Understanding the Challenges of Radio Frequency Identification (RFID) Technology

Imagine heading out to your favorite auto dealer in search of a new car. You know exactly what your family needs, but you lock in on a fully loaded sports car that’s out of your price range and only seats two.

It’s a scenario also befitting organizations in search of a solution for tracking assets.

Radio Frequency Identification (RFID) has revolutionized the asset tracking practice for many companies, as it offers a quicker way to track multiple items over extended distances. For some organizations, RFID is the perfect solution. For others, it’s the fully loaded sports car that doesn’t necessarily meet their most basic needs.

While RFID technology has some limitations that have slowed it from overtaking the barcode, a reliable and often more cost effective solution, it may be the marriage of the two that presents the best option when implementing a system for tracking assets.

If you’re all in on RFID technology, however, it’s wise to consider these challenges:

  1. RFID can be more costly: Whether it be software or hardware, RFID requires more costly equipment that needs to be maintained through the life of the solution. Additionally, tags, whether they be Active, Passive or Semi-Passive, can set a business back a ways. Although prices have fallen with RFID upgrades since the 1970s, businesses are still taking a pass because of the steep prices.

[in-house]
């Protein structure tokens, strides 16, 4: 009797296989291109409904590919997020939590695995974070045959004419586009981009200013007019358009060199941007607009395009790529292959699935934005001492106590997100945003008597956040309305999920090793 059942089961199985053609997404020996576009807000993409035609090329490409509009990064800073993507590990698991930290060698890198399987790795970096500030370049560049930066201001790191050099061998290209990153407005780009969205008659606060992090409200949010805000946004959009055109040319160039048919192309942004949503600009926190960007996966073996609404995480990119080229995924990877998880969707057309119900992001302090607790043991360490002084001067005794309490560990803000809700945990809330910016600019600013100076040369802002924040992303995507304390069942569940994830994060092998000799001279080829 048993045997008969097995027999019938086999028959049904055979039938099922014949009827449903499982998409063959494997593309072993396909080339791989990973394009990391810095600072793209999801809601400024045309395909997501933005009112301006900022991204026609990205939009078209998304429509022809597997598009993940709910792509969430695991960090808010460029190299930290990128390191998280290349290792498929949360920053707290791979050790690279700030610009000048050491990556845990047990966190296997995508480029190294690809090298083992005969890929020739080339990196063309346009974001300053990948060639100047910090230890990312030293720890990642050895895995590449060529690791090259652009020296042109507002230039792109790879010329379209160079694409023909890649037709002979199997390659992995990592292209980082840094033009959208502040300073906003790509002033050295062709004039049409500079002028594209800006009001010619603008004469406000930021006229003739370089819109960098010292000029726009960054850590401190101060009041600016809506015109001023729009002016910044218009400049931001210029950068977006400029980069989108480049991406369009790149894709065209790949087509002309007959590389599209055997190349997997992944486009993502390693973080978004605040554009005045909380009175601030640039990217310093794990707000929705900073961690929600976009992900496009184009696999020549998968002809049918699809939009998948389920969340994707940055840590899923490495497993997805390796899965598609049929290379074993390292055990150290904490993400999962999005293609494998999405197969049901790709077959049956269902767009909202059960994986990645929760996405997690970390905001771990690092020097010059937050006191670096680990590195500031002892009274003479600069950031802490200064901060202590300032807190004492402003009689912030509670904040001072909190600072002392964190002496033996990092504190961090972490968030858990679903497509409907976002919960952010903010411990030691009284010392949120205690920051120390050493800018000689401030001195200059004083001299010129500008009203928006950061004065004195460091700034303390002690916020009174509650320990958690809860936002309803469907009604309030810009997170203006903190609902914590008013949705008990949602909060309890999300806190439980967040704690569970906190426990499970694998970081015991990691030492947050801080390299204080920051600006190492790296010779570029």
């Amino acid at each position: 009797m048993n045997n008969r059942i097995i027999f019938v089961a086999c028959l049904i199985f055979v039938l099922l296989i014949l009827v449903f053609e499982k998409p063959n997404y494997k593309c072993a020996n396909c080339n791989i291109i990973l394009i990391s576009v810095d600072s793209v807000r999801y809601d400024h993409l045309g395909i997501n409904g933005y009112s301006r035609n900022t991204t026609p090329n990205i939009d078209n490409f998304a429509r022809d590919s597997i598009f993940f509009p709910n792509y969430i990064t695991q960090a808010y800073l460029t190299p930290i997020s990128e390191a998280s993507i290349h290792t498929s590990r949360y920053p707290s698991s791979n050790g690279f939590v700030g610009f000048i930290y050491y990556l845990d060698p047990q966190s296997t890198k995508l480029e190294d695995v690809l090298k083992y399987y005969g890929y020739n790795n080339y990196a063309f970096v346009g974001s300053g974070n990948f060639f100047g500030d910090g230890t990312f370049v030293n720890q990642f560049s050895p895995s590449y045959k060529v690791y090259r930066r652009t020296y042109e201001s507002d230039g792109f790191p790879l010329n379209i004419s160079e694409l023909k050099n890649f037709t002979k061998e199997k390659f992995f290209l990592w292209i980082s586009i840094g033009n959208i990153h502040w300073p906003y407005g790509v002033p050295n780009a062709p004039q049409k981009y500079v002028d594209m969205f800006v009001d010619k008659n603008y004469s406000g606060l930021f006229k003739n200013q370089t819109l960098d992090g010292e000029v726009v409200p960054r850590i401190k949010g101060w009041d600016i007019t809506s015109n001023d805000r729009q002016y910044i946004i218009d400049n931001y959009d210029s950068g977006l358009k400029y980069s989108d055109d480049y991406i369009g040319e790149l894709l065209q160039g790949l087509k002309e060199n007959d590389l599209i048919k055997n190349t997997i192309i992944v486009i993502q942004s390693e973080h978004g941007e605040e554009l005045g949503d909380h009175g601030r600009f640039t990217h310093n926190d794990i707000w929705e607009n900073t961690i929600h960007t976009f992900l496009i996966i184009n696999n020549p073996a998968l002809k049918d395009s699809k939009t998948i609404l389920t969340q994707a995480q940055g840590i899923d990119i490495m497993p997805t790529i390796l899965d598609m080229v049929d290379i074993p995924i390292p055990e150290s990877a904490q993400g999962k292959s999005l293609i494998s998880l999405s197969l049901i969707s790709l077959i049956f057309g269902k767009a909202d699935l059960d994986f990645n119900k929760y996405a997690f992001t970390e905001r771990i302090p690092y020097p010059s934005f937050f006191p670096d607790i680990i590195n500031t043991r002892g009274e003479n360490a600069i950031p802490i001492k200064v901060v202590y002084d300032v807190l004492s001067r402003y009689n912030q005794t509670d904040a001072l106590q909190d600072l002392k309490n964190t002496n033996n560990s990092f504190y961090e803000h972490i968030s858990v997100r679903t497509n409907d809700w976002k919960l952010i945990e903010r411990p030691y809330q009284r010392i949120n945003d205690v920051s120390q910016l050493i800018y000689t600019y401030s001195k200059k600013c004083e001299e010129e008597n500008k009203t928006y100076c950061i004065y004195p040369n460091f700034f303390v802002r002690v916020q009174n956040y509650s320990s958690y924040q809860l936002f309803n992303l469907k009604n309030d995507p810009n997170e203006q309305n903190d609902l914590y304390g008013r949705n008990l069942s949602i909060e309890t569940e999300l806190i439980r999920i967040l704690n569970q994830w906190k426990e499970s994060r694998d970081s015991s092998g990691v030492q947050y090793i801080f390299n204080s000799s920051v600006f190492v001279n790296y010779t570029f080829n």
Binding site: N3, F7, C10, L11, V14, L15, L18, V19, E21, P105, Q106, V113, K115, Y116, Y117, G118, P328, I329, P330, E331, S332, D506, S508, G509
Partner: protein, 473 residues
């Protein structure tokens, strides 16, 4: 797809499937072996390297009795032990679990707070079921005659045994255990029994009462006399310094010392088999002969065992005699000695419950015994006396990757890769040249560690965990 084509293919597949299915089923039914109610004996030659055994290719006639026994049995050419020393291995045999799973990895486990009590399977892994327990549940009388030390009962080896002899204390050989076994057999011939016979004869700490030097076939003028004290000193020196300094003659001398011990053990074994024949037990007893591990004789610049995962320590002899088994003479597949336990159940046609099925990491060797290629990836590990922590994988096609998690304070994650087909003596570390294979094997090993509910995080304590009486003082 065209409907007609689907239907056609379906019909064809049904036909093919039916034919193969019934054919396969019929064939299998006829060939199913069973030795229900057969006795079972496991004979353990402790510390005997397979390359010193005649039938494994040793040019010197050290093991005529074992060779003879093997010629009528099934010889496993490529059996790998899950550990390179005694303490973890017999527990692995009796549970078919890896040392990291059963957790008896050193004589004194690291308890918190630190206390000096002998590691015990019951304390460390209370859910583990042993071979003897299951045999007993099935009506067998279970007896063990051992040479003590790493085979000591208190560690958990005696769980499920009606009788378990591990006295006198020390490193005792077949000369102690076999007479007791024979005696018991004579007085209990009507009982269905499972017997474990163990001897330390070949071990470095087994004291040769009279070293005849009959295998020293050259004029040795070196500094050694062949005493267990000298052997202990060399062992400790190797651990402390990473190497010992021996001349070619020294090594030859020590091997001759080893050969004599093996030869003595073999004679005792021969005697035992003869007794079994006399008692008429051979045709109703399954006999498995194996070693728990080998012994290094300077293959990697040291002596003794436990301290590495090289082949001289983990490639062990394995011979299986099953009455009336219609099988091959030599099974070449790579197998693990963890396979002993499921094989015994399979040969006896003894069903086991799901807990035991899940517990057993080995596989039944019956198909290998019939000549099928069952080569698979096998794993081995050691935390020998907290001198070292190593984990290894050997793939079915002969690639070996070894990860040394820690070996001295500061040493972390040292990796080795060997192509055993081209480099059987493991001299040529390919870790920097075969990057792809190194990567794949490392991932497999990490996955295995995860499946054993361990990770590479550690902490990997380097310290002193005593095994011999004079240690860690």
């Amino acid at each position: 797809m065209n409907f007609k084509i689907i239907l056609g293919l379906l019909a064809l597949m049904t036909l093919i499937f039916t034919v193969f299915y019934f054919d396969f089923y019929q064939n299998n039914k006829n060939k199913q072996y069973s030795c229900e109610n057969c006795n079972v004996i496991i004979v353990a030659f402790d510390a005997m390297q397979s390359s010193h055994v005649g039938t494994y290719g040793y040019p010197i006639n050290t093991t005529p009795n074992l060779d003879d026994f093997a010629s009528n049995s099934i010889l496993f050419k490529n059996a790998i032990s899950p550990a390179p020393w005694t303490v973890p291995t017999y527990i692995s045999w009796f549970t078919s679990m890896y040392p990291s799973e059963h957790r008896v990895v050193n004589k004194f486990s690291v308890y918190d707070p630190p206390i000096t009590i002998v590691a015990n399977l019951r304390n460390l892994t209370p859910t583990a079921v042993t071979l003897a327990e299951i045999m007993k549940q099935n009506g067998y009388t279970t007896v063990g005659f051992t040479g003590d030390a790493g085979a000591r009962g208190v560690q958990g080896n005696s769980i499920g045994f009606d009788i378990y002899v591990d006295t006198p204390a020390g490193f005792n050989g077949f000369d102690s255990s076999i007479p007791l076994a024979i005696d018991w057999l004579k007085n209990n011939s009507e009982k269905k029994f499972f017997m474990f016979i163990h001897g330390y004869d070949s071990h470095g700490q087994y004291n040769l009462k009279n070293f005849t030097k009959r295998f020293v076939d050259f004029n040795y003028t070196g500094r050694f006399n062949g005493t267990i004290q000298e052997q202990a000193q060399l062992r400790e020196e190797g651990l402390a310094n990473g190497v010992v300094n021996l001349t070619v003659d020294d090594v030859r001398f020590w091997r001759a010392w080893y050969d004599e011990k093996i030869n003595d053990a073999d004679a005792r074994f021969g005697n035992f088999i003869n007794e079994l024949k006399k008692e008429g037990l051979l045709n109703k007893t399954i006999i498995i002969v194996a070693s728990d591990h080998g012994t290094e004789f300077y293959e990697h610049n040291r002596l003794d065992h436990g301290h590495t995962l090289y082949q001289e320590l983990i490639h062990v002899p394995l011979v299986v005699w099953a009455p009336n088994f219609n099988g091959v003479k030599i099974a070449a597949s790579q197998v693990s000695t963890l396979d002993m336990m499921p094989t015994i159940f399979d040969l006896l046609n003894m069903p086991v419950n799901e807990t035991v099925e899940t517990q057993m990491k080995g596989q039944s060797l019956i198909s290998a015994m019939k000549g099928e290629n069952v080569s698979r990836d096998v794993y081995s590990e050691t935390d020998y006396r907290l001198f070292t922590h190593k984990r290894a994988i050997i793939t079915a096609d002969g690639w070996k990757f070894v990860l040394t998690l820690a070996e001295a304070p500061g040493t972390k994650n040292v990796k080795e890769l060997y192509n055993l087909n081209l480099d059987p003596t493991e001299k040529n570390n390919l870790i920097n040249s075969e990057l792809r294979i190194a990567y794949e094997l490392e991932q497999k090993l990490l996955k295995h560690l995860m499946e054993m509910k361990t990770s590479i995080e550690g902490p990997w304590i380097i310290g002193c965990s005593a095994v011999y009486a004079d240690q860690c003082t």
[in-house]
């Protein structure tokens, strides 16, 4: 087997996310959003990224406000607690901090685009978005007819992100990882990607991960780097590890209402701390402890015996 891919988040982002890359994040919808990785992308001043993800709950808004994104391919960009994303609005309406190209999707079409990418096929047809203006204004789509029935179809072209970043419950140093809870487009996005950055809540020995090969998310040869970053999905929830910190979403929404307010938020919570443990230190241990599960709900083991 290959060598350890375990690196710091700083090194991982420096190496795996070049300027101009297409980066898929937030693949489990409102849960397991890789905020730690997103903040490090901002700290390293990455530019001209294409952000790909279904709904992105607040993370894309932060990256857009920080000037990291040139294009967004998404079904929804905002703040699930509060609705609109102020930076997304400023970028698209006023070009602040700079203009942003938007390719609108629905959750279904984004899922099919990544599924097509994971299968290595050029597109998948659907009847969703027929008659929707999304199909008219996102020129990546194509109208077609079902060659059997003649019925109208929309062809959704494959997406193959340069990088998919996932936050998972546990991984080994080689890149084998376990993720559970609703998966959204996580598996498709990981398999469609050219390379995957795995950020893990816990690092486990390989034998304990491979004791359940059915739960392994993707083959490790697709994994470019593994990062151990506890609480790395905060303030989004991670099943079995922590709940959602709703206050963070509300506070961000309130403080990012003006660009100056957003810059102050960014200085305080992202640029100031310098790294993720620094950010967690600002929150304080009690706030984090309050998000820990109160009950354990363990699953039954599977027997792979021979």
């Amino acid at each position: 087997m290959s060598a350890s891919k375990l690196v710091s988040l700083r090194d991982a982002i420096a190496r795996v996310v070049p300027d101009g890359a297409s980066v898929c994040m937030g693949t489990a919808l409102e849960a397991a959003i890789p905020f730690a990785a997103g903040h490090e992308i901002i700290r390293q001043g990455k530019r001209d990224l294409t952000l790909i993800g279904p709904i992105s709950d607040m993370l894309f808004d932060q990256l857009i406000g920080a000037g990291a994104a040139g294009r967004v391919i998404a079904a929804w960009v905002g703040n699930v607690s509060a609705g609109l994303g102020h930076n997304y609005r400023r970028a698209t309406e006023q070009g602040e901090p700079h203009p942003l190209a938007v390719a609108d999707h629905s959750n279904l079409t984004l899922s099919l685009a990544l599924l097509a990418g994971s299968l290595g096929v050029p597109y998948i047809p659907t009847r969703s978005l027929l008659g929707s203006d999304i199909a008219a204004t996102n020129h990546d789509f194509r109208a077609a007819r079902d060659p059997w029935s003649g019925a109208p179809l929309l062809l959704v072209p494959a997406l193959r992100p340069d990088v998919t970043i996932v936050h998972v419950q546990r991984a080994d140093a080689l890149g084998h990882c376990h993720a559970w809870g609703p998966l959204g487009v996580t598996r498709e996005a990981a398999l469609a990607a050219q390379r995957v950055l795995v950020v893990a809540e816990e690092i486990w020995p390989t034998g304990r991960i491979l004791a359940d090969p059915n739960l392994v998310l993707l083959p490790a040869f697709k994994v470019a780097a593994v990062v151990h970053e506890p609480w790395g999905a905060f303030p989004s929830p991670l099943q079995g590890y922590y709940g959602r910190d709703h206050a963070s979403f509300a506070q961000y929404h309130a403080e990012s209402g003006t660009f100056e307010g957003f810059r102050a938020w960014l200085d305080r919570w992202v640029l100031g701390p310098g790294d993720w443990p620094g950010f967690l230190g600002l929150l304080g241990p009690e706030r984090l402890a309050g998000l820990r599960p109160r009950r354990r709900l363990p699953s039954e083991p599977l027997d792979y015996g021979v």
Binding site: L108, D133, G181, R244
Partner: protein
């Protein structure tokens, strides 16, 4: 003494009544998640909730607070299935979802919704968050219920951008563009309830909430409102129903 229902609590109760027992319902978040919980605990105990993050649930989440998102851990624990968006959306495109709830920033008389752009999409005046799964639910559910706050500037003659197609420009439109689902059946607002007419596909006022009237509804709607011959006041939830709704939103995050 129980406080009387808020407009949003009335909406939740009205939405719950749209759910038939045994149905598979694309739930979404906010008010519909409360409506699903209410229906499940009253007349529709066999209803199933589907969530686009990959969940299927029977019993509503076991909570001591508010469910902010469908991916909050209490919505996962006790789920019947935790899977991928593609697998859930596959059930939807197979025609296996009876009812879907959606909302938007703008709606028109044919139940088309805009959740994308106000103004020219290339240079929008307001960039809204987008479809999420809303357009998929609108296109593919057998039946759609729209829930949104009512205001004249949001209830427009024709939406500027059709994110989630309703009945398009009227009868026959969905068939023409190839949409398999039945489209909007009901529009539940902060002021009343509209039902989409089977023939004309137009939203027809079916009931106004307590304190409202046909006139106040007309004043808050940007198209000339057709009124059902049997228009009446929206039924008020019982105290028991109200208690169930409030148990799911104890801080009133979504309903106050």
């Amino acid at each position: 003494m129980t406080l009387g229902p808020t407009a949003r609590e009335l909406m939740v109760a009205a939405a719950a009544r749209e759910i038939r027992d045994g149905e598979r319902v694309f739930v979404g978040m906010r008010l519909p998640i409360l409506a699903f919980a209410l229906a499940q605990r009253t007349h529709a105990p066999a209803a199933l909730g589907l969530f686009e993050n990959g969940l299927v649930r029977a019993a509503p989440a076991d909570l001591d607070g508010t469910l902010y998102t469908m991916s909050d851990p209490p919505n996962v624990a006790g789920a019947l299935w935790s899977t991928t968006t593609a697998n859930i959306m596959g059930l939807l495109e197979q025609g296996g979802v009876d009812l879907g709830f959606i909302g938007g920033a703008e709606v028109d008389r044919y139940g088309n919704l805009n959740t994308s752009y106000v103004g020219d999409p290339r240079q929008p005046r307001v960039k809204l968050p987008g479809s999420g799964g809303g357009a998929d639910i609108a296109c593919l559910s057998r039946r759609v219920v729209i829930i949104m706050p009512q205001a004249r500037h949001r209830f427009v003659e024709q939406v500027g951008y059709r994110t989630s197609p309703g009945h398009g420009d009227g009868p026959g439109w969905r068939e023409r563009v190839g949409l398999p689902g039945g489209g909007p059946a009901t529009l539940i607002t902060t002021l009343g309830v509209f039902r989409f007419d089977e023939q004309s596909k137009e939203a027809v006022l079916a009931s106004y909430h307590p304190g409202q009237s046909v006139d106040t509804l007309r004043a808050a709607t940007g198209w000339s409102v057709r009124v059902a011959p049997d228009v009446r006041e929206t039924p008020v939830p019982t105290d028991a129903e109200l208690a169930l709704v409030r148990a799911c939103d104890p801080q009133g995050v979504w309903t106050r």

1. Trouble with metals and liquids: RFID has long had a difficult relationship working among liquids and metals, as both make it harder to get proper reads on assets. With metal, the problem stems from the radio waves bouncing all over the place. Liquids play havoc with RFID in that it can absorb signals sent from a tag.
  1. Tough-to-grasp technology: Understanding the different tags and frequencies as well as how to use RFID equipment can be a challenge. Managers need to be up on the technology so they can train their employees on the ins and outs of RFID and a new work flow.
  1. The RFID collision course: In dealing with RFID technology, workers come across reader and tag collisions. With reader collision, a worker might come across interference from another reader in the field. Tag collision is a little different, in that workers with readers face issues in reading an abundance of tags at one time. It happens when more than one tag reflects a signal, and it confuses the reader.

For companies trying to track assets or manage a supply chain, RFID has presented itself as an alternative to barcodes. An expensive price tag and certain problems have stunted its growth, but it’s worth doing your research on RFID to determine whether or not it is the right solution for you.

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